|Here is an example of squash with just a few spots of powdery mildew.
As tends to happen in the late summer, our squash is suffering from powdery mildew. This problem is pretty easy to identify; our plants will look like someone tossed some baby power all over them.
It starts small and then just gets worse if left to proliferate. Powdery mildew sends little tubes into leaf cells to suck out their contents, killing the cells in the process. As leaf cells die and the leaf’s surface becomes covered in the white fungus, photosynthesis is reduced and leaves may be lost. Crop volume and eating quality can be reduced.
|Here the mildew has been left to keep growing!
So how do you get rid of it organically? Well, there are quite a few options.
According to our own UC Davis Integrated Pest Management, prevention is always the best way to avoid this problem. In other words, if your garden is prone to this kind of issue, next time you plant squash, melon, pumpkin, etc., be sure to start with a resistant variety.
You can avoid powdery mildew my making sure your plants receive plenty of sun. (Because of the location of these plants near the South Building of the Robert Mondavi Institute, these plants do get more shade than others.) Also be sure to:
- Provide good air circulation by not crowding your plants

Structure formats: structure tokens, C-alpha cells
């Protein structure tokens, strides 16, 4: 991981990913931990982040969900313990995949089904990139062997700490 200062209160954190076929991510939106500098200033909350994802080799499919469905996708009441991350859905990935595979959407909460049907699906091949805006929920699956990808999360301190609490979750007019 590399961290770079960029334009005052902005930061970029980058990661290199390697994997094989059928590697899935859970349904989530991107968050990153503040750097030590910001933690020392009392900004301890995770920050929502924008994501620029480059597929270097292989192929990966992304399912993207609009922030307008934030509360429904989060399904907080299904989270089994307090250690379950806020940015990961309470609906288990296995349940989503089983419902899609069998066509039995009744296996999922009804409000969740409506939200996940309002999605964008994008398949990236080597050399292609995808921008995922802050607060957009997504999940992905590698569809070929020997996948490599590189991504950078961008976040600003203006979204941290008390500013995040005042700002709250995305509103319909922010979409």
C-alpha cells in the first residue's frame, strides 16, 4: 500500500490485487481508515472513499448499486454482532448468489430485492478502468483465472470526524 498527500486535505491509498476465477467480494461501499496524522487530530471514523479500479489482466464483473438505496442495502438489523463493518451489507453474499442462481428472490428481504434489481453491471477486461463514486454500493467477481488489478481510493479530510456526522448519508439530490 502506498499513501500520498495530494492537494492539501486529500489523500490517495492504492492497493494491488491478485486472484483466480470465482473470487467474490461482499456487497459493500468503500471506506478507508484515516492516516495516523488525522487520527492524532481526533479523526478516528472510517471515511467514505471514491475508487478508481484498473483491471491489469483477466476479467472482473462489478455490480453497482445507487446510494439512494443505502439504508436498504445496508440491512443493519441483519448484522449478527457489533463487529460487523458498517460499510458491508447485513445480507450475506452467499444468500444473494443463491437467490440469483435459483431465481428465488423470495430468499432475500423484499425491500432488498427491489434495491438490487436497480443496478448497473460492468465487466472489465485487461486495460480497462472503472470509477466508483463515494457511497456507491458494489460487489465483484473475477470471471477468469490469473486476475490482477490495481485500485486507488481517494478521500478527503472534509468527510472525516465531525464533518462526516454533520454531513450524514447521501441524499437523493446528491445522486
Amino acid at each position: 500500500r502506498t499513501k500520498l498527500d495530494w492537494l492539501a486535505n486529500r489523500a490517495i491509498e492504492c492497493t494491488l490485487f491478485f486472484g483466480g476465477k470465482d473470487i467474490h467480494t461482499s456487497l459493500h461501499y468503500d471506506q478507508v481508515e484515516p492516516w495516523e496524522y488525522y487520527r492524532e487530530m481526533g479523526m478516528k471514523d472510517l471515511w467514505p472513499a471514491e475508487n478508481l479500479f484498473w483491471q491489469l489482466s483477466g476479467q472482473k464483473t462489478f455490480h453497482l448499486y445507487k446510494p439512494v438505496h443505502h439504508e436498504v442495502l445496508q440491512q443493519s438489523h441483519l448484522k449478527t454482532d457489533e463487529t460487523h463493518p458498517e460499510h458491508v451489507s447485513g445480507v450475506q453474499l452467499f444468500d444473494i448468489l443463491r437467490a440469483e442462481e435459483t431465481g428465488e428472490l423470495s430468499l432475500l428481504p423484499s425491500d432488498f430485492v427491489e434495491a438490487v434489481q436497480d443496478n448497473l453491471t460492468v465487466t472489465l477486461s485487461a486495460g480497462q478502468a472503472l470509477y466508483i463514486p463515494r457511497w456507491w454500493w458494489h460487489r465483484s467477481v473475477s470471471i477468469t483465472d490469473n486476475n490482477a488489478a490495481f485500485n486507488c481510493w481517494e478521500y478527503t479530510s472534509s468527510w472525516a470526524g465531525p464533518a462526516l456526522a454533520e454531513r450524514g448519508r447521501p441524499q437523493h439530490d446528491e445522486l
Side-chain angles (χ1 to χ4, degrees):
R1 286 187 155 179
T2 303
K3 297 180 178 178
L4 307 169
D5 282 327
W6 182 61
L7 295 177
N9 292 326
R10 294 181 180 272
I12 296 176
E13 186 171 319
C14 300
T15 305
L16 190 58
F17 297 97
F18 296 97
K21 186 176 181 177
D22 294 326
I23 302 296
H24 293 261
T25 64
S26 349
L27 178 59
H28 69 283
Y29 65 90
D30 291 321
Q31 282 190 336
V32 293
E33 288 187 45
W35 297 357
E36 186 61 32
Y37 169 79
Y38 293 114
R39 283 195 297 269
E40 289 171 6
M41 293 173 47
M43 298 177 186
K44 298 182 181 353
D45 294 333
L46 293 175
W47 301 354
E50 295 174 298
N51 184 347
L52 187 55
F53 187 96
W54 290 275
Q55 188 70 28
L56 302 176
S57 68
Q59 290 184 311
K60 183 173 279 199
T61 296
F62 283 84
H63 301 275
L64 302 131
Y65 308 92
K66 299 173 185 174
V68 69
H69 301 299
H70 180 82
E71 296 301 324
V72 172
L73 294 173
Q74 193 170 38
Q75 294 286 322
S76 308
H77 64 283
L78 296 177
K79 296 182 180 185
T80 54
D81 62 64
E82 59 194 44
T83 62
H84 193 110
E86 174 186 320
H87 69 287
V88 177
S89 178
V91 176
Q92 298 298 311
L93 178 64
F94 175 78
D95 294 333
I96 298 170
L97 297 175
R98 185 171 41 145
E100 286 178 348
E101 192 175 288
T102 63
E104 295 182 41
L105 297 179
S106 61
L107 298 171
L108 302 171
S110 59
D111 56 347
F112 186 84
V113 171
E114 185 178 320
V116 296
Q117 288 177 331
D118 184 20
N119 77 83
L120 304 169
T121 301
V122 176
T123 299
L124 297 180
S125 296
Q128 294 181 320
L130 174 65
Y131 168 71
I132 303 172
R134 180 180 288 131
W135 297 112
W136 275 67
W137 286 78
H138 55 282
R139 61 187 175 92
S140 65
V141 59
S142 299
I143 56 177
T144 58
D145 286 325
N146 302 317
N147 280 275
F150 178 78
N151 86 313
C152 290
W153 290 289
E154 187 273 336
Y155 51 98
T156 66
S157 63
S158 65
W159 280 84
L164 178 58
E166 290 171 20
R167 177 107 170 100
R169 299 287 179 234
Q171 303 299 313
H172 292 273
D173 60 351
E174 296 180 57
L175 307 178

- Rotate squash beds on a minimum three-year cycle to reduce the chance of a fungal buildup or reinfection from one year to the next.
- Pull up infected plants and burn or bury them.
We got the dummy whammie–the plants need more sun and they are not disease resistant varieties–so now what?
According to UC Davis Integrated Pest Management, once you have the powdery mildew problem, oils, like neem oil, tend to work better at eradicating the issue once you have it rather than preventing the problem.
You may also want to try a biological fungicide like Serenade Disease Control Concentrate, but like UC Davis Integrated Pest Management states, “While this product functions to kill the powdery mildew organism and is nontoxic to people, pets, and beneficial insects, it has not proven to be as effective as the oils or sulfur in controlling this disease.”
For those of you interested in home remedies, it seems that you can also try making your own spray of one part skim milk to 9 parts water. Skim milk works just as well as other types of milk–whole, low fat etc., but no fat means no odor! Read more about this research finding here: Using Milk to Control Powdery Mildew.
Did you get the gift of powdery mildew this summer? If so, what did you do to get rid of it? Let us know!